clock menu more-arrow no yes mobile

Filed under:

I can't stop laughing at this portrait of me by my 28-year-old coworker

The greatest artist of all time works at SB Nation.

“Drawing is the honesty of the art. There is no possibility of cheating. It is either good or bad.” — Salvador Dali

When I saw the portrait, I realized that I was bearing witness to a kind of greatness that only comes along once every 400 years. That I was probably going through something close to what the first beholder of the Mona Lisa experienced upon viewing Leonardo da Vinci’s masterpiece. Because this picture was evidence of an artistic ability so pure, so otherworldly, that it transcended this plane of humanity and soared toward the divine.

Here it is, the greatest drawing ever drawn, a portrait of me by SB Nation’s own 28-year-old Alex Rubenstein:

You could make the accusation that I’m inclined to love this picture because it’s of me. But trust me, this drawing is bigger than me — it’s bigger than all of us. Especially when you consider that Rubenstein’s day job is to make videos for this very website. He’s been able to become the greatest living artist in the entire world in his spare time.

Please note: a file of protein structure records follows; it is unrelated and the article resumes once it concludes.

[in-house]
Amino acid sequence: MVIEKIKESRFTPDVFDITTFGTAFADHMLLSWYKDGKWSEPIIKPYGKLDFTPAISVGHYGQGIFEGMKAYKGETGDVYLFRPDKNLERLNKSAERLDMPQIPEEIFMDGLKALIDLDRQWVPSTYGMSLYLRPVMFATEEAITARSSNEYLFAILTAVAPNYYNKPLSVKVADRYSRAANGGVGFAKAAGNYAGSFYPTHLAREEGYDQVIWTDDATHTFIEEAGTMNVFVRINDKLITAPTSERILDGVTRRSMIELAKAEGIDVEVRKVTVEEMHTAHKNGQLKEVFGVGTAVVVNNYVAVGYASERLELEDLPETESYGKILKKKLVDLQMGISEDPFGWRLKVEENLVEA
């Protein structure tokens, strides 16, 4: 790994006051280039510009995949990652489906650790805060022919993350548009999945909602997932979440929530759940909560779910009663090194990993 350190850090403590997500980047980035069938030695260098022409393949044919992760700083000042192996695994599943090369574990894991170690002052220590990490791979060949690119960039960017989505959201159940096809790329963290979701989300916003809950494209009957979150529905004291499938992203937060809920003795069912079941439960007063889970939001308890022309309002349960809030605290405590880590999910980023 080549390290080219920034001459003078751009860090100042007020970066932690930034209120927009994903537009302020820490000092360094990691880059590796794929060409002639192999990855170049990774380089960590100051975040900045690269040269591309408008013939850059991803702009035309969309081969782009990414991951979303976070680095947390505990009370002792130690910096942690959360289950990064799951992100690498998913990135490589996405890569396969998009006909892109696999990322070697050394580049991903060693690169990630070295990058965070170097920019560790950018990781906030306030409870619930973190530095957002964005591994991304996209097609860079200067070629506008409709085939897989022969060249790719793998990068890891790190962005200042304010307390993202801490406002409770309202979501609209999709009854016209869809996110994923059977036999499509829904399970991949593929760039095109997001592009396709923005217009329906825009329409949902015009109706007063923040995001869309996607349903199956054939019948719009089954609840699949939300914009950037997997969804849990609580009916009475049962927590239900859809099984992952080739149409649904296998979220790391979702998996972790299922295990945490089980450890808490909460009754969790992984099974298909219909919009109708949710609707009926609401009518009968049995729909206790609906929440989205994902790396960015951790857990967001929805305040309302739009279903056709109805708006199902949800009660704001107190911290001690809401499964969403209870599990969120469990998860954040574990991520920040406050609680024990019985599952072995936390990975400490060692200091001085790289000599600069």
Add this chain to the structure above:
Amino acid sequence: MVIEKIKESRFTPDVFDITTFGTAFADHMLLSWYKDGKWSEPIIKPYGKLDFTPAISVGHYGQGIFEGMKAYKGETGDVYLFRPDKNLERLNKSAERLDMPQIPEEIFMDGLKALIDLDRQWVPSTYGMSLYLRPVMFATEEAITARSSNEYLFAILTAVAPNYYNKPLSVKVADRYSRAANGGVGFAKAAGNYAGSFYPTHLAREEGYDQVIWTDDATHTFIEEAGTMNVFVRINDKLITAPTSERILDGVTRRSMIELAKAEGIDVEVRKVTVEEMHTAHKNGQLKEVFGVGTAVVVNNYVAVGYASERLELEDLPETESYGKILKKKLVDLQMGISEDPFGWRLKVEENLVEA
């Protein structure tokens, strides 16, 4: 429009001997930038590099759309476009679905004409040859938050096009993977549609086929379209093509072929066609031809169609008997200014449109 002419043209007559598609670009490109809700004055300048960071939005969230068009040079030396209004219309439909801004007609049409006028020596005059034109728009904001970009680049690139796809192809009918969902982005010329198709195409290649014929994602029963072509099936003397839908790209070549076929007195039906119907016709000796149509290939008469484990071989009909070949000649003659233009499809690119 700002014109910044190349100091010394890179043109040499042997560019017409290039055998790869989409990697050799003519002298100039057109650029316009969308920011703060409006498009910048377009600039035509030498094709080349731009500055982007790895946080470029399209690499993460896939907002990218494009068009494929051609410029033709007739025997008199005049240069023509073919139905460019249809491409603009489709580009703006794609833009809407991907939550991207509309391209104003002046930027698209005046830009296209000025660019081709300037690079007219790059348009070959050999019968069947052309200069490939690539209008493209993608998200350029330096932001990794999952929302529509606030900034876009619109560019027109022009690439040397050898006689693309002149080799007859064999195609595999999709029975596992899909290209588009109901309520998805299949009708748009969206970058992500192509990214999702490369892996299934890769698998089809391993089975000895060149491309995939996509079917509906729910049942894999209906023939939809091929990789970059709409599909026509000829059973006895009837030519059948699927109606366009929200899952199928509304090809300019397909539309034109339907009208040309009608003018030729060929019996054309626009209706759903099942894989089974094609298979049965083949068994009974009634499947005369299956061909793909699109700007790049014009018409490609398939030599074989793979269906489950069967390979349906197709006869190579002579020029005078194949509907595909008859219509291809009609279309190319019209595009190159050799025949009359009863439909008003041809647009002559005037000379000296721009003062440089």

I was on a train from New York City to Washington, D.C., on Valentine’s Day when this image came through in the form of a Slack message from Ryan Nanni, another one of my colleagues here at SB Nation. I’d seen a few of Rubenstein’s drawings before and admired his work (though I didn’t yet realize the extent of his brilliance). Earlier in the day I’d told Nanni that if he could get Rubenstein to draw a picture of me — so that I could hang on by my desk in place of a name plate — I’d never ask him for anything else as long as I lived.

The trade-off was worth it. I had to get up from the café car and stand in the weird metal space between two of the train cars because I was laughing so hard I’d started to cry, and other passengers were looking at me as though I’d become a physical manifestation of this image. Given the daggers they were shooting my way, you’d have thought I’d turned into a human being without elbows, with gaps between each of her teeth, whose fingers were baby carrots and whose head had been shaved, save for two ponytails poking out from the side. I might as well have been wearing a see-through sweatsuit over a t-shirt the way Rubenstein depicted me above.